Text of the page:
American Gods Review – Edmonton Journal

Wiersema, Robert J. . “American Gods .” Edmonton Journal 08-19-2001: E11.

Allow me to depart momentarily from review conventions and say right at the top that Neil Gaiman’s book American Gods is utterly, breathtakingly sublime.

It will cost you sleep, cause you sunburn and have your family sending out search parties to find you. To read it is to place yourself in the hands of a gifted storyteller, to abandon yourself to the power of timeless themes, to remind yourself of the sheer, dizzying thrill of the written word.

I wanted to make my opinion clear because there are some readers (you know who you are) who dismiss fantasy writing as not worthy of attention. But even strong defenders of the fantasy genre will have to admit that Gaiman has created something far greater than a standard fantasy novel.

With American Gods, he has created both a new mythology and a vivid, heartbreaking human story.

As American Gods opens, Shadow has spent three years in prison, quietly serving his sentence, learning coin tricks to pass the time.

On the eve of his release, he receives the news that his wife has died in a car accident.

En route to her funeral, he repeatedly meets the mysterious Mr. Wednesday, a complete stranger who nonetheless seems to know him.

Shadow accepts a job offer from Mr. Wednesday, sealing the deal not with a contract but with three drinks and an oath.

As Shadow and Wednesday embark on a surreal road trip across America, the job description remains unclear, but the truth soon emerges: Mr. Wednesday is a participant in a war between the gods.

You see, in Neil Gaiman’s America, gods walk the earth with people.

As a time of crisis approaches, they divide along tribal lines.

In one side are the old gods, with familiar names like Odin, Anubis and Loki.

Brought to America from their Old World pantheons by immigrants, they are reduced, by diminishing belief, to shadows of their former grandeur.

On the other side are the new gods, the American gods, manifestations of contemporary belief and energy. Gods of Media, Money, Technology and Credit, riding in limousines, driving SUVs and Humvees, they are rich and powerful, imbued with strength by the ardour of their followers’ worship.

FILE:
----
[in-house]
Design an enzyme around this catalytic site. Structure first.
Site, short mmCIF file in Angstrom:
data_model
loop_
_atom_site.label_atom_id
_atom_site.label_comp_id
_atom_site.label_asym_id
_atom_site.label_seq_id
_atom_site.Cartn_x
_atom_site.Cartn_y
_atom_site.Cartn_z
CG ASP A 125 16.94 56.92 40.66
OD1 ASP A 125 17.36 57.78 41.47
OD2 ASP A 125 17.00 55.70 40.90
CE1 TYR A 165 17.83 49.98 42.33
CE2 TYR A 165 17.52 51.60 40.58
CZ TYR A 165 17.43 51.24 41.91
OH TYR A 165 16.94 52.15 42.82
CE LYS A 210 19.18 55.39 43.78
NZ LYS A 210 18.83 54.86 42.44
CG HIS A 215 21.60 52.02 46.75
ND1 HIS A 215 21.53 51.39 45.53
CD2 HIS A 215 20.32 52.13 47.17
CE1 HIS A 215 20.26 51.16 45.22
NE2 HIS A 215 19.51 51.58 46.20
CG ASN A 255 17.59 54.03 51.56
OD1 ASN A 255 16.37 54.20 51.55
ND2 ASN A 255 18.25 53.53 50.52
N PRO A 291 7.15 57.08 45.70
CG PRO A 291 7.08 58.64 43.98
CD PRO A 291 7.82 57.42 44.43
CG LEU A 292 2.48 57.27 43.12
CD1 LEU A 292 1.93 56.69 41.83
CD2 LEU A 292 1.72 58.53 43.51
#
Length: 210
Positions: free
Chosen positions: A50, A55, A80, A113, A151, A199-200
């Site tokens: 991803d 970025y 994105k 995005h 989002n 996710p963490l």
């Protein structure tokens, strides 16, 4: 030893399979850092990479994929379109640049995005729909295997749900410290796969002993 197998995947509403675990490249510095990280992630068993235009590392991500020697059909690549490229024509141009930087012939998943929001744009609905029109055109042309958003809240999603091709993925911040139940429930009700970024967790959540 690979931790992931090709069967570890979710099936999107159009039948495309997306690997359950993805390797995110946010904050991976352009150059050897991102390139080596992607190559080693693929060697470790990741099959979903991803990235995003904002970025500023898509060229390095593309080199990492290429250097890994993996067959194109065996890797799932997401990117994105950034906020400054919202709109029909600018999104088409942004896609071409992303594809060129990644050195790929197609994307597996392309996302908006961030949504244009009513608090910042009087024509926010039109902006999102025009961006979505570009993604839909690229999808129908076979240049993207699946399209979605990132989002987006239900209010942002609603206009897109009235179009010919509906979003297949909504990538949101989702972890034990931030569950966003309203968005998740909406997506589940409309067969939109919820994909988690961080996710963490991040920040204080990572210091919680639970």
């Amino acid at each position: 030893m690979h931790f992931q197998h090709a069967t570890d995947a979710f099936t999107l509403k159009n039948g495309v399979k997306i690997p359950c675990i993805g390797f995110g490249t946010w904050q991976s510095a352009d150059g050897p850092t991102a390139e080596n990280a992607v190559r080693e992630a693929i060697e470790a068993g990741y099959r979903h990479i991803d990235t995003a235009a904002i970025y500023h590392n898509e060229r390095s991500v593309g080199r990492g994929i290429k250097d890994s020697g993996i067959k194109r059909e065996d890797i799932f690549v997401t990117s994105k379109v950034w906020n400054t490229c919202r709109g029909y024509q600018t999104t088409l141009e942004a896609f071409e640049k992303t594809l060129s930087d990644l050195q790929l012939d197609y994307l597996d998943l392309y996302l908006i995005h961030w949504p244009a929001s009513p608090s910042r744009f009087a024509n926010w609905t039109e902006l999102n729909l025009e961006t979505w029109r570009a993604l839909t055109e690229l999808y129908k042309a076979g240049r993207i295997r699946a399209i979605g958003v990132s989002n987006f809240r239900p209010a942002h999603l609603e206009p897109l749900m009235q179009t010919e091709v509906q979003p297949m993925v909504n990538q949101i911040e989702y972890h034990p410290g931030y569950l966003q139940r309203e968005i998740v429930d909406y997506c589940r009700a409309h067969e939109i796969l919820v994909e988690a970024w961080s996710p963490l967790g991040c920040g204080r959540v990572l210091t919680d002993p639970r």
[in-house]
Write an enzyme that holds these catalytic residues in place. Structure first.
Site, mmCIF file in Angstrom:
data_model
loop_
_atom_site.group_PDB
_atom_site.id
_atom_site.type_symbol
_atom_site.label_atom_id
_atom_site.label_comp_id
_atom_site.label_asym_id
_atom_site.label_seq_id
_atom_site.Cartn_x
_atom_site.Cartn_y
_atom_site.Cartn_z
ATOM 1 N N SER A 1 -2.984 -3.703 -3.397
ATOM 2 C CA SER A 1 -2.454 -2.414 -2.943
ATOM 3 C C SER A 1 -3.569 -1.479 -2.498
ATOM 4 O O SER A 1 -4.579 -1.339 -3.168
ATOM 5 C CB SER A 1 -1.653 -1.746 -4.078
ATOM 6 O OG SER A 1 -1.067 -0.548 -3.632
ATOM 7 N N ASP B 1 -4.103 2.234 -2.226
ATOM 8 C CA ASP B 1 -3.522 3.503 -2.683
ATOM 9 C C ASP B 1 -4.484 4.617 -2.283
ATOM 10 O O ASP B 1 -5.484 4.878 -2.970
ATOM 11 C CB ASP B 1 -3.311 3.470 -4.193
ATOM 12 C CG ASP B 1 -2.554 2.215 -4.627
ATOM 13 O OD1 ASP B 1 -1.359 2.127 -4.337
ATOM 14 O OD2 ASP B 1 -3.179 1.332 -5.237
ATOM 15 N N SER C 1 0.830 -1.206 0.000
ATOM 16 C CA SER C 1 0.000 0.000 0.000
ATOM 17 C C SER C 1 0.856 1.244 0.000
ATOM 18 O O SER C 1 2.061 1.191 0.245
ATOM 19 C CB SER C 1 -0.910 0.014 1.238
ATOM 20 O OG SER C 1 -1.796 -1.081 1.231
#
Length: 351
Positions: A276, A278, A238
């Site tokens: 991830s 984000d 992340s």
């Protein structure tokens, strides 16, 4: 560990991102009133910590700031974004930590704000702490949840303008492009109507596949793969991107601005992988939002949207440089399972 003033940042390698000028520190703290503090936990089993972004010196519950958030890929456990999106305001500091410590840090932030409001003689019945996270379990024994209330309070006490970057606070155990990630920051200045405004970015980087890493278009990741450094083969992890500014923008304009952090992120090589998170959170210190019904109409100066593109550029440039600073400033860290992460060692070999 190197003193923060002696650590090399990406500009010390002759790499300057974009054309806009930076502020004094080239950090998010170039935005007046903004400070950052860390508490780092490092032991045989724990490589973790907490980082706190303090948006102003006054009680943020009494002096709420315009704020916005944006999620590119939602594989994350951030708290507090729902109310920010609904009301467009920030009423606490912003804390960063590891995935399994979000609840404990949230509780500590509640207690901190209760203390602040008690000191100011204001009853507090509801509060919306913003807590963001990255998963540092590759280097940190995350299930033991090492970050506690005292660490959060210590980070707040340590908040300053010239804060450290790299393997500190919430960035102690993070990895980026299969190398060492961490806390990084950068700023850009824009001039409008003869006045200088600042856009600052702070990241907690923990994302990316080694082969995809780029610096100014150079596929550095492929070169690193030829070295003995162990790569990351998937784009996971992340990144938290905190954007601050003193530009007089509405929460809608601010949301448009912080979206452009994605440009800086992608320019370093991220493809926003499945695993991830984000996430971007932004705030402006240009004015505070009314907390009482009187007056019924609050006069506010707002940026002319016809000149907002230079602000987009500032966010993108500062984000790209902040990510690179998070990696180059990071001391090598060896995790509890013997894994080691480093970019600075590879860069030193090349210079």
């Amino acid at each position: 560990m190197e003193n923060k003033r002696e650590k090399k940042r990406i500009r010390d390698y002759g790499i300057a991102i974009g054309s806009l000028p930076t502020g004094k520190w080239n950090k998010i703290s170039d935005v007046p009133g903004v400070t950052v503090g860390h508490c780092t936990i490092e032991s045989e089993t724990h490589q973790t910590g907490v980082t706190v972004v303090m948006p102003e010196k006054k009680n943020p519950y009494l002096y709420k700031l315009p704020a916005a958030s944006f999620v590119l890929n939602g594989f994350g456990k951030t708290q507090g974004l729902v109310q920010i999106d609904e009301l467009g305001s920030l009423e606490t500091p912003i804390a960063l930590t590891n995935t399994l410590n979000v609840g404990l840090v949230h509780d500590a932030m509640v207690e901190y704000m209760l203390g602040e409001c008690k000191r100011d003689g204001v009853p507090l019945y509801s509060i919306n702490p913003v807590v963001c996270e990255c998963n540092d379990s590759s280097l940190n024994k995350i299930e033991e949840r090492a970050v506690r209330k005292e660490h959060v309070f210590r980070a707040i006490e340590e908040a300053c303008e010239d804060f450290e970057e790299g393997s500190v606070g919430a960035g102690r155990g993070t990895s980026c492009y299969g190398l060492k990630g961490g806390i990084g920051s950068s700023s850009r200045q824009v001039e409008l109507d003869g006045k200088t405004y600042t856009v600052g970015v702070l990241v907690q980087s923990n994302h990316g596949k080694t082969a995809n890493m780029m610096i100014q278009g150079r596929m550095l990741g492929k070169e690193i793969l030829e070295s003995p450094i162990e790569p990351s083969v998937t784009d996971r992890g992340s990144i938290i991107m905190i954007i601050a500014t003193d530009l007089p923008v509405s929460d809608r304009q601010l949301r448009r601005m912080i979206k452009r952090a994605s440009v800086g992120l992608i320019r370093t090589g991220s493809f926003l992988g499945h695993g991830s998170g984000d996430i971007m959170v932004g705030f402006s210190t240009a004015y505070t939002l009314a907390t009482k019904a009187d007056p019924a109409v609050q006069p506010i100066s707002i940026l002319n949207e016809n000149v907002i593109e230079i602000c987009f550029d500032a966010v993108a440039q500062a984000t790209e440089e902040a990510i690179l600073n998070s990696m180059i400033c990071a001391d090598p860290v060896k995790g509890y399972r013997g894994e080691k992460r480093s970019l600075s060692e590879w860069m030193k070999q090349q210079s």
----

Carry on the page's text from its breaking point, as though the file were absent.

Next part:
Gaiman is a visionary talent with both a rich imagination and an open- hearted sensitivity. The British writer, winner of the World Fantasy Award, first came to attention with the prize-winning comic book series The Sandman, an epic that told, in 75 monthly instalments, the story of Morpheus, Lord of Dreams.

Now collected in 10 beautiful trade paperback editions, The Sandman is a triumph of storytelling.

I consider it one of the greatest works of creative genius of the 20th century. Gaiman is also the co-author, with Terry Pratchett, of the hilarious cult classic Good Omens.

Neverwhere and Stardust, his two previous novels, were somewhat worrying to some of his longtime fans. While both were well worth reading, Gaiman seemed to have taken a step back from the sweeping audacity of The Sandman into urban fantasy and the pastoral, respectively.

Thankfully, that retreat does not continue with American Gods, which is a sprawling, diverse and impressive work, drawing skilfully on dozens of mythological traditions, dancing through history and geography with abandon.

Gaiman has a tremendous visual sense and is able to set a scene with minimal effort. And what scenes he sets! From the House on the Rock (home to the World’s Largest Carousel) and the centre of America (marked by a grungy motel where the gods meet) to a battlefield that bridges two realities and a small town where children disappear, he pulls out all the stops.

In his America, anything can happen, and the tawdriest of roadside attractions may conceal magic at its heart.

This sense of giddy sprawl and possibility, however, belies the tightly controlled nature of Gaiman’s storytelling, and the intimate, personal story at the novel’s heart.

American Gods is very much Shadow’s story.

Although much of his past (including his parentage and the crime he was serving time for) are shrouded in mystery, Gaiman brings him to vivid life.

As he struggles to deal with his wife’s death and the mysterious job to which he has sworn himself, his life becomes more complex and puzzling.

Each answer seems to lead to a greater mystery — until Shadow’s life reaches a crucial turning point that brings the personal and the mythic strands resolutely together.

From that turning point, American Gods unfolds with startling surprises. As each piece slips into place, most readers will shake their heads in amazement at Gaiman’s skill and audacity.

By drawing on the strongest of archetypal forces and rescuing the stories of gods and heroes from their dusty schoolbook prisons, Gaiman has created a contemporary mythology that resonates with emotional and symbolic truth.